And then all of this palm oil, coal, natural gas, coffee, cocoa money. How does the private sector, the government spend the windfall?

    Infrastructure for one. More power plants, railways, ports, airports, expressways. Keep businessmen happy. Keep it corruption free and things will go well.

    The happy businessmen should buy more production machine, build more plants. Stop spending money on real estate (that’s what, some say, accounts for 80% of Indonesia current capital formation). Indonesia has enough skyscrapers and shopping malls, thank you.

    The PRC’s GDP per capita is raising very fast. Very soon the factories in the eastern coast will stop producing cheap goods because of high labour cost. Grab the opportunity. Don’t let them move to India, Bangladesh or Vietnam. Indonesia missed the first train. Don’t miss the next one.

    Spend money on education and health. Happy peasants equal stable government equal good business environment.

    And for god sake could the government set few million dollars of state budget to have every MP in Senayan employs their own legal/economic advisors? Those idiots sitting in the parliament should actually write proper law rather than debating stupid matters like whether the president showed up when he was invited.

  3. sputjam says:

    Murphy statement that Indonesian money being parked in singapore(or elsewhere) is spot on. They should do what germany and other european govenrment did by forcing luxembourg to disclose tax evaders with accounts there.
    Foreign plantation owner give very little back to host country, but host country must allocate huge tracts of land for this purpose. Can’t the agriculture department create some knd of commune farming whereby locals get to develope the plantation themselves but managed by farming/agriculture authorities with some financial assistance from the central government?

    As for windfall from commodity prices for indonesian, there is no such thing as probably all plantation/mine owners prefer their money to be paid to their overseas bank account, leaving indonesia with nothing but diminishing assets. Indonesia is being raped by investors (both local and foreign), and businessmen(locals and foreign) do not have faith in keeping money domestically. That is the whole issue. How to solve it, i do not know.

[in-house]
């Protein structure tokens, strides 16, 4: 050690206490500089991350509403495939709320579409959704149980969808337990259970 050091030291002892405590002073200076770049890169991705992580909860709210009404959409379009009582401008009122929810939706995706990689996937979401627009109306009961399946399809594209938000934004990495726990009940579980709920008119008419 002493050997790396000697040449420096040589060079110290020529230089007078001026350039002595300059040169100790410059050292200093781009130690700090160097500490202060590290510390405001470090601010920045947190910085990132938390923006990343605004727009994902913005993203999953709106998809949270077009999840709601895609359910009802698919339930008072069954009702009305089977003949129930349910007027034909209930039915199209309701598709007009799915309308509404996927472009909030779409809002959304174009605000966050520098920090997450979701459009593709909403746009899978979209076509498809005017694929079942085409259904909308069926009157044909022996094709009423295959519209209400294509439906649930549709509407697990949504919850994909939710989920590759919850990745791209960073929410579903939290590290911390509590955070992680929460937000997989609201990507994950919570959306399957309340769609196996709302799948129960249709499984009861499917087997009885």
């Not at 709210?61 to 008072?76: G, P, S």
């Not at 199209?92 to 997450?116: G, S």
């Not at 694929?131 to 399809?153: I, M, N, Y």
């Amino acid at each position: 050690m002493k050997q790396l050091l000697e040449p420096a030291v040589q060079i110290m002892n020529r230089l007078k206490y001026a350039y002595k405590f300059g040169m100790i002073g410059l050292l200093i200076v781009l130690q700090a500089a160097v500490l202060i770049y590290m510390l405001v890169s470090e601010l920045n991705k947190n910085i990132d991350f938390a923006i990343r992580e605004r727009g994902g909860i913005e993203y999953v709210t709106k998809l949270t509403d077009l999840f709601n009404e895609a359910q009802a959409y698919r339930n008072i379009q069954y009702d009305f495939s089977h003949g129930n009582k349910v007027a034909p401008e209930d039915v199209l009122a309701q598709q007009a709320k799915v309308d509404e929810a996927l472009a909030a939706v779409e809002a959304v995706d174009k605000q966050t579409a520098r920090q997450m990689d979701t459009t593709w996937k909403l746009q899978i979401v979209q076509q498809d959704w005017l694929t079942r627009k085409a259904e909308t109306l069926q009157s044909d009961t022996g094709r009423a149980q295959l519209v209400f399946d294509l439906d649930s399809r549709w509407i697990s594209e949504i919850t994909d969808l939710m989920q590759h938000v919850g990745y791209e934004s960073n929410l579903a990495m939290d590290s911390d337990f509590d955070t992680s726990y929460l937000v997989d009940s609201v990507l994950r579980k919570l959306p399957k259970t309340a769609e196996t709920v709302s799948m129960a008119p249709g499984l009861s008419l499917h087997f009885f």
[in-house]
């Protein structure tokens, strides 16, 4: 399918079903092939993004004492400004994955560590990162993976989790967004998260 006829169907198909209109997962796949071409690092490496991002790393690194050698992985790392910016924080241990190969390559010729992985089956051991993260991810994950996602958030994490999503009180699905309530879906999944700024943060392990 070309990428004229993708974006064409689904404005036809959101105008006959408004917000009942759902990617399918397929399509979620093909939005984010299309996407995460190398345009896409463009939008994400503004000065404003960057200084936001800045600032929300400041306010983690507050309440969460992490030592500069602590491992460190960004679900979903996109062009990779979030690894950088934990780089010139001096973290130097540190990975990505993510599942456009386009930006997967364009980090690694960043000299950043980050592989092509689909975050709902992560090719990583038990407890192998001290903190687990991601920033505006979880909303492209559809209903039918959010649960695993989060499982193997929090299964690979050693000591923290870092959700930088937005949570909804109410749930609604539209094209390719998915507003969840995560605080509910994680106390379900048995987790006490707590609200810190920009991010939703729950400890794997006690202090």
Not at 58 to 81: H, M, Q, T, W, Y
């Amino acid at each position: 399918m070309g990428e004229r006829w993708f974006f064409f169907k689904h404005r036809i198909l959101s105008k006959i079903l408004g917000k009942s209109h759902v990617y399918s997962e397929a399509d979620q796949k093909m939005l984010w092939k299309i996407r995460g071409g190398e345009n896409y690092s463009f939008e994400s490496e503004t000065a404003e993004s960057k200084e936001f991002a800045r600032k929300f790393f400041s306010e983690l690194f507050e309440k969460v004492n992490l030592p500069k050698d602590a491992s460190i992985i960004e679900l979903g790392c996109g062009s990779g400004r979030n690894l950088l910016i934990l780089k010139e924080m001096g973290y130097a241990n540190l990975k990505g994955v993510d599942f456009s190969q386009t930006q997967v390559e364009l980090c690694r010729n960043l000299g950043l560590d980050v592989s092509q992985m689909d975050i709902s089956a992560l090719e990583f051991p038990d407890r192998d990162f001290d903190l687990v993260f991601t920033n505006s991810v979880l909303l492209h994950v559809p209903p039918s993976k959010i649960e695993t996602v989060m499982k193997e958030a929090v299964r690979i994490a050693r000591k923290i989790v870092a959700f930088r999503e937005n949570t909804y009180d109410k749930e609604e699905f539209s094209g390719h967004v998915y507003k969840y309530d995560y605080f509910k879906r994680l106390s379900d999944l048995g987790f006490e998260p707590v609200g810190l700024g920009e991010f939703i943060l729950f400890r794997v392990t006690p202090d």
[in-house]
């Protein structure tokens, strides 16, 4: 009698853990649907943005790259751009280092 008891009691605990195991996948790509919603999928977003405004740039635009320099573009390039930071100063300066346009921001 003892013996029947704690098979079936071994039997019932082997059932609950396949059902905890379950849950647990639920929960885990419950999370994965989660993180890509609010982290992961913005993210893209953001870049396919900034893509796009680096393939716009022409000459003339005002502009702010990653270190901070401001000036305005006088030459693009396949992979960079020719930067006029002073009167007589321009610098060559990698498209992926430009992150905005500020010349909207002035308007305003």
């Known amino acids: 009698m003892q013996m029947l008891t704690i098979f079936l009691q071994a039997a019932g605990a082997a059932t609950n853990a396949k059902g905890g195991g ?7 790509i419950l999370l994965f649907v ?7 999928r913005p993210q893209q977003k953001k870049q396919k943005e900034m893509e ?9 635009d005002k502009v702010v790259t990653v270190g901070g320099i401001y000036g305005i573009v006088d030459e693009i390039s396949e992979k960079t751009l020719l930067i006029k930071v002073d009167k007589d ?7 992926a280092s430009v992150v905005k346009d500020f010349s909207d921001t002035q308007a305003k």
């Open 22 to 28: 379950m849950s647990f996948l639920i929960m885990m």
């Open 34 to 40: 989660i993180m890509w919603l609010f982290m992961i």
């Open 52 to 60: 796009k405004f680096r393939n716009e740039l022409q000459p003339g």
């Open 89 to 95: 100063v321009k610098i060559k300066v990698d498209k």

4. Purba Negoro says:

    Sputjam and Murphy incredibly enlightened and intelligent comments Very pleasant vive le difference-
    Intelligent comment suits you both far better.

    Murphy hits the nail right on the head- though I’d add the problem here in Indonesia is easy and affordable access to capital. I spoke with te CFO of Caroma Bathroom products in Australia 2 years back and he stated the problem in Australia in terms of comeptition with China is not actually Union wages- but this same cheap, easy access to capital.

    Since the bank restructuring- it’s far more difficult and due to more rigorous assessments to obtain a loan (incidentally at higher rates than Singapore’s pet DBS).
    Fundamentally- the Indonesian economy especially its’ structure is sound and superior, structurally and fundamentally to India and China. With CHina- there’s no transparency- we have no inkling of their true figures and have to rely on government vetted press releases.
    However, mark my words, once obstacles or greater governmental concessions are requested or indeed Chinese governmental provocation or aggression- however slight (counter to US interest of course- ie Iran, Sudan) – US and Japan will vote with their wallets en masse and return to ASEAN. Why? Less risky, historically proven to be safe for Japanese-US investment and almost devoid of any aspirations for super-status por G8 peer status (politico-militarily).